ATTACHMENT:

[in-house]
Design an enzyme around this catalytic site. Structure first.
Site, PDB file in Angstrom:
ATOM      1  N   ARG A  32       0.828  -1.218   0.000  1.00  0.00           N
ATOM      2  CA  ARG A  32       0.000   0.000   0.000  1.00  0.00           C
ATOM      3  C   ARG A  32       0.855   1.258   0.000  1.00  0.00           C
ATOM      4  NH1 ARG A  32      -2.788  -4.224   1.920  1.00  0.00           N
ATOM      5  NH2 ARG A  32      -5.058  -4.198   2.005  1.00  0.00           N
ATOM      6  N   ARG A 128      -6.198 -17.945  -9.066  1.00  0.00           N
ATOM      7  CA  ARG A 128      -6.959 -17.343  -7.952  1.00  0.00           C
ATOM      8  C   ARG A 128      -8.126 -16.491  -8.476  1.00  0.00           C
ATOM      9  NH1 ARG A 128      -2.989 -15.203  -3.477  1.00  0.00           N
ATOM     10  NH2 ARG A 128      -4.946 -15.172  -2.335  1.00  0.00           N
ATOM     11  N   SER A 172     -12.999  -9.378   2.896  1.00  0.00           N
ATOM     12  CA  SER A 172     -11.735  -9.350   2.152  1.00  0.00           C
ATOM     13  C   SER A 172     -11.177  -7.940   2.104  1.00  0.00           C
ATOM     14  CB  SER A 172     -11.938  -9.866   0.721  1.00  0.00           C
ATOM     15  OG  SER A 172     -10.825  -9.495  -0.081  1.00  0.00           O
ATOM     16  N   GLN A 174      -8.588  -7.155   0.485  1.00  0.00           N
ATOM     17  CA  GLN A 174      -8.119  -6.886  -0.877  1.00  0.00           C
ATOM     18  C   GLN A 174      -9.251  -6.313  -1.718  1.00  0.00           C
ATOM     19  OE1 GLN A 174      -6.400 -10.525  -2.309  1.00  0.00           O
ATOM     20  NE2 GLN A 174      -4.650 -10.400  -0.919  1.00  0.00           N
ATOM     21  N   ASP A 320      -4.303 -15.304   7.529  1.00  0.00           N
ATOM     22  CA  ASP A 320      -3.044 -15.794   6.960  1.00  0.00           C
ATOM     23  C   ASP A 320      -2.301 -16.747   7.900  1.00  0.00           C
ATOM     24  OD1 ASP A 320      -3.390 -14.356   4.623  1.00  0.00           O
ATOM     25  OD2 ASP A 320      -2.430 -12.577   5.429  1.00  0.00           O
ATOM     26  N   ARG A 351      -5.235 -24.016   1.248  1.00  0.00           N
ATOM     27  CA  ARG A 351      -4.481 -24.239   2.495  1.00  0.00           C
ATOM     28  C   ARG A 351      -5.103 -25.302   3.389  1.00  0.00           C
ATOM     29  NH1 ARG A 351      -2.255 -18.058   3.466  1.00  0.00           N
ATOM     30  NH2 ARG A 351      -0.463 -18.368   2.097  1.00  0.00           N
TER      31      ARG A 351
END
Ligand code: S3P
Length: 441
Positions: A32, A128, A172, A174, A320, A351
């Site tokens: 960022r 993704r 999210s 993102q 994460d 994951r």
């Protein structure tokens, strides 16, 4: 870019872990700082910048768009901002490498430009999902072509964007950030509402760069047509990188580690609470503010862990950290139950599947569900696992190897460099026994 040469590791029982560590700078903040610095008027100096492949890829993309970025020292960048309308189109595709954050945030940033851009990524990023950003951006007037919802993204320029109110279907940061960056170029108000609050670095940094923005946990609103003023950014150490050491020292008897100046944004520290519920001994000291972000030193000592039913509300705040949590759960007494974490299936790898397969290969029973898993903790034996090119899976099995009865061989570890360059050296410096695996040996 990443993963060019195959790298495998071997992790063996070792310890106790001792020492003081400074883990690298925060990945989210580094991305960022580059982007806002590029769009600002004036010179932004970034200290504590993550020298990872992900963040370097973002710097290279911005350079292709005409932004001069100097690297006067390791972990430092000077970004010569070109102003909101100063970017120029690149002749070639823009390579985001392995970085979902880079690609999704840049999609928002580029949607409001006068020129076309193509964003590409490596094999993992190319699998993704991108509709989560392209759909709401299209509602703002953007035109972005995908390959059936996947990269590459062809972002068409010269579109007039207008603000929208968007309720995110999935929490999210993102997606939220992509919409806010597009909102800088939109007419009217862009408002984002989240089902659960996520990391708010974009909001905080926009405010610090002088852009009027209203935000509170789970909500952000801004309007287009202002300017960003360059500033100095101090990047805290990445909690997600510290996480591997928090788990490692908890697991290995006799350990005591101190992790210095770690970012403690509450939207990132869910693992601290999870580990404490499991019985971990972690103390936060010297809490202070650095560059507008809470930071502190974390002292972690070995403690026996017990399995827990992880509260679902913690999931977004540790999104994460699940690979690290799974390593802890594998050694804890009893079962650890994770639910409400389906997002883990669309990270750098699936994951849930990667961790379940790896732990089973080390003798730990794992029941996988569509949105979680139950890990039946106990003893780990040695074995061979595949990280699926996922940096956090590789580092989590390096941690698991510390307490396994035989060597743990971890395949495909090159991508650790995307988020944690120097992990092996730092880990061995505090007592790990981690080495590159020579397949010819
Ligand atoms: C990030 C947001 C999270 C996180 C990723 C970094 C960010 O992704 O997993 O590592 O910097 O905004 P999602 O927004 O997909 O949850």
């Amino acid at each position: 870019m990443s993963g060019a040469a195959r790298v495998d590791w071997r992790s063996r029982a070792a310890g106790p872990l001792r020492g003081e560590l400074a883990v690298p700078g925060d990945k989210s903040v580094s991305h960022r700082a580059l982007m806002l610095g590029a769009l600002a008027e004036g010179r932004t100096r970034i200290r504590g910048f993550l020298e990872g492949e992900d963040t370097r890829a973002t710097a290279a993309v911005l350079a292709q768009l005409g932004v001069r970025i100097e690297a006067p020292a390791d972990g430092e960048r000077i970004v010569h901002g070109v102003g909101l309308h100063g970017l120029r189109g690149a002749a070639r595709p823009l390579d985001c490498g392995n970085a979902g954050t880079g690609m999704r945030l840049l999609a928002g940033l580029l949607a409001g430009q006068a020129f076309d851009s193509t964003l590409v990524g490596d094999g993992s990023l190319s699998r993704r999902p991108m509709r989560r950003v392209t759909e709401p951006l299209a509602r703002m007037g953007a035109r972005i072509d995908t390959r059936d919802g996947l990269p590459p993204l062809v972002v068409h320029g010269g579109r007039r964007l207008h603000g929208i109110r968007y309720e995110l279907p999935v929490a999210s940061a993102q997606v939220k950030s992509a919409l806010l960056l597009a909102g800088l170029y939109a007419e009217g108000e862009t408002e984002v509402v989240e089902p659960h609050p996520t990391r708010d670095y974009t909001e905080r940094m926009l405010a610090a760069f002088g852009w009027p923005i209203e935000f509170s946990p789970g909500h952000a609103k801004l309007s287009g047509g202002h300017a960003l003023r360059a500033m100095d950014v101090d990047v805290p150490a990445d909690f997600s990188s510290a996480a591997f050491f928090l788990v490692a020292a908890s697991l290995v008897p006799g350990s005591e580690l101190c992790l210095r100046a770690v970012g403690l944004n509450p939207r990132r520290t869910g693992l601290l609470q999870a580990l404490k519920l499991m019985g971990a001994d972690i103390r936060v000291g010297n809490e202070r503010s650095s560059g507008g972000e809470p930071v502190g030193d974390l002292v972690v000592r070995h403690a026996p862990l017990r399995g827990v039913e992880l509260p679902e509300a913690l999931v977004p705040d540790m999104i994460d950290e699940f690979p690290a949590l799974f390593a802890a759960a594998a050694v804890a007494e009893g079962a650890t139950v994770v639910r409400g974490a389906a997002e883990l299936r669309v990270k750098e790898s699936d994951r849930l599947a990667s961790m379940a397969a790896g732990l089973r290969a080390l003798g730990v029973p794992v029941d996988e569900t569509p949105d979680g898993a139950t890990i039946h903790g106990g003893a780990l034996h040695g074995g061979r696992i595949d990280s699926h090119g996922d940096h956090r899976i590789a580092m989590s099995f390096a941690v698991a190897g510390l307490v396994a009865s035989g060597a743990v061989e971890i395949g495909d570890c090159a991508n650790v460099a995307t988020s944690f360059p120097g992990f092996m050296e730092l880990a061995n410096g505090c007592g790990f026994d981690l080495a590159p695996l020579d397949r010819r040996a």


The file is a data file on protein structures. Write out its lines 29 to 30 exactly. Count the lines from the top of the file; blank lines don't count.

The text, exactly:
ATOM     26  N   ARG A 351      -5.235 -24.016   1.248  1.00  0.00           N
ATOM     27  CA  ARG A 351      -4.481 -24.239   2.495  1.00  0.00           C